Neil Postman, author of such popular works as Amusing Ourselves to Death and other airport reads - er, cultural criticism/philosophy - a thinker whose books I have somehow managed to avoid, let alone whose ideas I have grappled with directly, died last week at the unripe age of 72 (he smoked, no doubt).
I stopped in at The Rhino, my local watering-hole after Monday morning hockey today (lot's of fun, thank you and I even scored a couple of goals - but I'm not counting them, since there were only five of us on the ice; 3 on 2 isn't quite real, if you know what I'm saying). Following a burger, and on my 2nd pint, I came across "an appreciation" of Postman published in Saturday's Globe and Mail - http://globeandmail.com/servlet/ArticleNews/TPStory/LAC/20031011/POSTMAN11//?query=amusing+ourselves+to /.
Postman, apparently, focused much of his work on technology, insisting that we must think about very basic questions about a technology before inviting it into our world. "What is the problem this technology is to solve? Whose problem is it exactly? And if this technological solution solves a legitimate problem, what other problems will this technology create?"
Which - through the miraculous alchemy of aching muscles, alchohol and lack of sleep - led me to ponder livejournal itself: Why did I join it? What problem did I think it might solve? What problems might it then create? (As is noted in the article, and has been so widely quoted elsewhere I no longer remember who first said it, "There's no such thing as a free lunch.")
I joined livejournal on something very close to an impulse, or a whim; more impulsively, after poking around for maybe 10 minutes, I paid for a year's subscription. I liked - or thought that I thought I liked - the concept, and I definitely liked the simple elegance of the technology. (The impulse itself came from the fact that a new, and rapidly becoming dear, friend of mine - who thus far has not commented on anything I've written and who, therefore, shall remain nameless - posts here regularly.)
The above-quoted paraphrase of Postman's questions, however, has made me realize I didn't really know whether I actually understood the livejournal concept - I paid my money without knowing what I was getting into.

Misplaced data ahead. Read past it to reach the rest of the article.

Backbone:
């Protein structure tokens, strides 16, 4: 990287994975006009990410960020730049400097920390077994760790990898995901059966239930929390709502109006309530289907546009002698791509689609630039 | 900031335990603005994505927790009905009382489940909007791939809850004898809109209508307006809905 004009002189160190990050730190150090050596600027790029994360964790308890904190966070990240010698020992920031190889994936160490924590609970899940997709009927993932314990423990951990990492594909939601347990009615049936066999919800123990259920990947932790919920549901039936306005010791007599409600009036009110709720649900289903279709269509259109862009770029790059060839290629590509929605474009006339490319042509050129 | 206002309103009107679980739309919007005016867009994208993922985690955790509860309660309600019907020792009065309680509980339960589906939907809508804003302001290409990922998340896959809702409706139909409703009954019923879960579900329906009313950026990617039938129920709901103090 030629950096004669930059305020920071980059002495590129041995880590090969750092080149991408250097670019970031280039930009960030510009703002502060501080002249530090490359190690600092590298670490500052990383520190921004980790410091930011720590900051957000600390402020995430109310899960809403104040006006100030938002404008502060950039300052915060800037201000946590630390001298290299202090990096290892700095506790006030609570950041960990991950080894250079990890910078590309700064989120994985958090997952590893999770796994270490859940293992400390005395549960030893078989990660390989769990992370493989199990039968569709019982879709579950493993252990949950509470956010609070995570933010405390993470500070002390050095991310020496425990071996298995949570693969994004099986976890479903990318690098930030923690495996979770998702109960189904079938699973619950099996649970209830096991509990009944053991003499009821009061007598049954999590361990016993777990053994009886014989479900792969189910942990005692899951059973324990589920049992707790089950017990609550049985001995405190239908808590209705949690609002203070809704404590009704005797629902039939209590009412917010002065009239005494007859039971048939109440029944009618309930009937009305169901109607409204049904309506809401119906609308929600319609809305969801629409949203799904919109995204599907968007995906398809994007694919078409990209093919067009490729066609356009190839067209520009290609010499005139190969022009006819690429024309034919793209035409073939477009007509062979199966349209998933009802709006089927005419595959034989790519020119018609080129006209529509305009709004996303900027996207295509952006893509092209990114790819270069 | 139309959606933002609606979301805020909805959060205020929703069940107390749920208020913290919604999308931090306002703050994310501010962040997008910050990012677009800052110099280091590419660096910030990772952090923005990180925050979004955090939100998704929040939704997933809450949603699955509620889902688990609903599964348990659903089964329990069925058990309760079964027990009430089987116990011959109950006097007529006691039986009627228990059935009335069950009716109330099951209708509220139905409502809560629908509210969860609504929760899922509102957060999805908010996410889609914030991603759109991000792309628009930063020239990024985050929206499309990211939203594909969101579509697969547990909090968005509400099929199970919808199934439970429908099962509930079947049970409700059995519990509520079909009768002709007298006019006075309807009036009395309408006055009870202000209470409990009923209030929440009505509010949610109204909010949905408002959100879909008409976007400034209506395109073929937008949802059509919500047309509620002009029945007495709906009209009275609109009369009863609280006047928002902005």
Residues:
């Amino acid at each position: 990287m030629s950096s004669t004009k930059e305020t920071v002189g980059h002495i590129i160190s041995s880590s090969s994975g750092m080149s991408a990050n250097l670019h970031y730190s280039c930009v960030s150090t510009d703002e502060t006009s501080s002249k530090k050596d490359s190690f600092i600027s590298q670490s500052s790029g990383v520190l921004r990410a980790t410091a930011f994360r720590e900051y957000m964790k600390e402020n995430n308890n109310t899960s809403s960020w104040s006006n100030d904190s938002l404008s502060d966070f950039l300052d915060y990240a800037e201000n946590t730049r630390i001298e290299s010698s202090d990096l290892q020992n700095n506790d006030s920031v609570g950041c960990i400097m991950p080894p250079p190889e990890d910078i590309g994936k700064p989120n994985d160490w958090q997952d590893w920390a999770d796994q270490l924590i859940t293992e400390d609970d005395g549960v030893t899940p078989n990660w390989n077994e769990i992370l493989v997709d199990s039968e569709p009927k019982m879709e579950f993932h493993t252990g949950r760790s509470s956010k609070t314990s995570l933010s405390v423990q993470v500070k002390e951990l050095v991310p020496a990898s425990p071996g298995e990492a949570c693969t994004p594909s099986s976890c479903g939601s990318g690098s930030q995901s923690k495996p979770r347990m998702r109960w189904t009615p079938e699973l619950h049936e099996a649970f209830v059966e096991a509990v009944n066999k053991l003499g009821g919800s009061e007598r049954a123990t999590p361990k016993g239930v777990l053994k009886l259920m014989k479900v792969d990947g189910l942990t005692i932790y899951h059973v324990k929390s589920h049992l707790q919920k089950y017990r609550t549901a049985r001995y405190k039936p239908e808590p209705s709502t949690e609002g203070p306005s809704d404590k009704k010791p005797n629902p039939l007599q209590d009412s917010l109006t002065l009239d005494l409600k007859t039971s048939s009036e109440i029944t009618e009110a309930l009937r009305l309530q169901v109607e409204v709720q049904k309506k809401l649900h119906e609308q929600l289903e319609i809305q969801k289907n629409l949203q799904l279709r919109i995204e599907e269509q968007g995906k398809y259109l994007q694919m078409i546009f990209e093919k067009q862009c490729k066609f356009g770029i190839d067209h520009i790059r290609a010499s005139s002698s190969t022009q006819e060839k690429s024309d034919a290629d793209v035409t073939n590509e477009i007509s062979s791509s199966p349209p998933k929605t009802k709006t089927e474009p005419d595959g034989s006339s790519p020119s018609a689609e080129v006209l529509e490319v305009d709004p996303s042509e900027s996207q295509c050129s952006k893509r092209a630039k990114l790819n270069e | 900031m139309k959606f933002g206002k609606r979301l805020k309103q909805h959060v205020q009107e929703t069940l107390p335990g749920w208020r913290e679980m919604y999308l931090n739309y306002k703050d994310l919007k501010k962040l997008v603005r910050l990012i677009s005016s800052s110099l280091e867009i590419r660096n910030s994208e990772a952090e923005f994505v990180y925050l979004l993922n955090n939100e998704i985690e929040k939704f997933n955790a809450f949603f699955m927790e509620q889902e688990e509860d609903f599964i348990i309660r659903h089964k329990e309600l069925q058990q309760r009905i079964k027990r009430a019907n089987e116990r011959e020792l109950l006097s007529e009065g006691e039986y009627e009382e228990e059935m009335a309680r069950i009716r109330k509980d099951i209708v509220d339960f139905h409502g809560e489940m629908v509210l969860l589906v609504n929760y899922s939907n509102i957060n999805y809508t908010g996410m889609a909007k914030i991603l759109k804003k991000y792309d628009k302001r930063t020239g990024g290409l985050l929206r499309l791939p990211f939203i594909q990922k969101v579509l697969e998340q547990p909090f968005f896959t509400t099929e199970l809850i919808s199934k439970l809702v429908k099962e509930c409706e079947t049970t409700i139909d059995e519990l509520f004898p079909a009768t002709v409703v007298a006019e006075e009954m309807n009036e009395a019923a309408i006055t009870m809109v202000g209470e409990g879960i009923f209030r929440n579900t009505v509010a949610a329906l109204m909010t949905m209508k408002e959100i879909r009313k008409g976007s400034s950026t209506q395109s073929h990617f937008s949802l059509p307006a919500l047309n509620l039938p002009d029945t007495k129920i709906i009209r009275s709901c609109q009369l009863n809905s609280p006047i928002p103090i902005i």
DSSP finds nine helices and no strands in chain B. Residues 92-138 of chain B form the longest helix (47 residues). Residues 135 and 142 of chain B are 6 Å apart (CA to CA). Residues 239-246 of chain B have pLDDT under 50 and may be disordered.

Vaguelly, I thought it would provide a forum for my thoughts; in retrospect, there are obviously far too many journal-ists out here for anyone to gain a large audience. And anyway, why didn't I use the technology (or something similar, which I have no doubt I could have found quite quickly with a little thumb-joint grease through google) on my own website?
So. Maybe it's just a place to (paradoxically) write a diary to whom an a random, and mostly unknown, group of people will (for whatever reason they may have) choose to read my "work" (I put that in quotation marks because I write here much more off-the-cuff than I do writing fiction, or even serious essays - http://ed-rex.com/ is an example of the latter). A public, private, diary, if you will. Saint Augustine would nod in approval (or would he?).
I hadn't really asked myself why I had come to livejournal, not what is was for, let alone asked myself what the costs of joining it might be.
Almost simultaneous with email, my first experience with the internet was usenet - thousands of "discussion groups" whose topics ranged from aardvarks to zoology, and everything in between. Public spaces where anyone and everyone could post their thoughts (or, too often, "thoughts") on the topic at hand.
At the time I was running a cloned 386 PC. For you younguns, that beast had a 40 megabite hard-drive and was loaded for bear with 2 megs of RAM. It came with Windows 3.1 pre-installed, but that antediluvian "operating system" seemed so pointless I soon deleted it and happily settled for WordPerfect 5.1 and PINE, for email and newsgroups.